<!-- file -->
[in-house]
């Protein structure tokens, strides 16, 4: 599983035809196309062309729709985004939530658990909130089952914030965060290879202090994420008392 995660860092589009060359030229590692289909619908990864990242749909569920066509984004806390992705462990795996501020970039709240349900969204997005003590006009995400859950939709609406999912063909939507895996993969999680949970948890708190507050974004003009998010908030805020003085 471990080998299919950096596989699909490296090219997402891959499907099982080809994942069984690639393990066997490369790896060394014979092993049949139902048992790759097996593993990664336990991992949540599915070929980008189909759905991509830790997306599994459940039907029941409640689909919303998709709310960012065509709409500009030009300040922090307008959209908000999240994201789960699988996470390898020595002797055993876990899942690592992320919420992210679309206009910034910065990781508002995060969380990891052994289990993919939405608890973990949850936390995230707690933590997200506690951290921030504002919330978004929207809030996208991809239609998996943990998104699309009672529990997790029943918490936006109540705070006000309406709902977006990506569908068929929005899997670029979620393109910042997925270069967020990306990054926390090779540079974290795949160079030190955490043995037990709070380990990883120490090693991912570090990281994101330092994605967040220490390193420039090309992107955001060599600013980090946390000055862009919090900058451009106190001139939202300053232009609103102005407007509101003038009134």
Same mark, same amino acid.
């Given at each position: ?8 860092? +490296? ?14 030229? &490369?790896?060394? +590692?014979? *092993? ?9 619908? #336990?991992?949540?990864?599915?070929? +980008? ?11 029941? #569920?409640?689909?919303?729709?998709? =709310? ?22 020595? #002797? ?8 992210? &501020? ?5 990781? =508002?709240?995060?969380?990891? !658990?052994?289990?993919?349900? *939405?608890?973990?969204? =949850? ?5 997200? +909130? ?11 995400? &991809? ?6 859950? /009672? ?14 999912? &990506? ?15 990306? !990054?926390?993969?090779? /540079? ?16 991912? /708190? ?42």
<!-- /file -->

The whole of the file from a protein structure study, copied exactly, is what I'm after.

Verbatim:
[in-house]
């Protein structure tokens, strides 16, 4: 599983035809196309062309729709985004939530658990909130089952914030965060290879202090994420008392 995660860092589009060359030229590692289909619908990864990242749909569920066509984004806390992705462990795996501020970039709240349900969204997005003590006009995400859950939709609406999912063909939507895996993969999680949970948890708190507050974004003009998010908030805020003085 471990080998299919950096596989699909490296090219997402891959499907099982080809994942069984690639393990066997490369790896060394014979092993049949139902048992790759097996593993990664336990991992949540599915070929980008189909759905991509830790997306599994459940039907029941409640689909919303998709709310960012065509709409500009030009300040922090307008959209908000999240994201789960699988996470390898020595002797055993876990899942690592992320919420992210679309206009910034910065990781508002995060969380990891052994289990993919939405608890973990949850936390995230707690933590997200506690951290921030504002919330978004929207809030996208991809239609998996943990998104699309009672529990997790029943918490936006109540705070006000309406709902977006990506569908068929929005899997670029979620393109910042997925270069967020990306990054926390090779540079974290795949160079030190955490043995037990709070380990990883120490090693991912570090990281994101330092994605967040220490390193420039090309992107955001060599600013980090946390000055862009919090900058451009106190001139939202300053232009609103102005407007509101003038009134």
Same mark, same amino acid.
């Given at each position: ?8 860092? +490296? ?14 030229? &490369?790896?060394? +590692?014979? *092993? ?9 619908? #336990?991992?949540?990864?599915?070929? +980008? ?11 029941? #569920?409640?689909?919303?729709?998709? =709310? ?22 020595? #002797? ?8 992210? &501020? ?5 990781? =508002?709240?995060?969380?990891? !658990?052994?289990?993919?349900? *939405?608890?973990?969204? =949850? ?5 997200? +909130? ?11 995400? &991809? ?6 859950? /009672? ?14 999912? &990506? ?15 990306? !990054?926390?993969?090779? /540079? ?16 991912? /708190? ?42």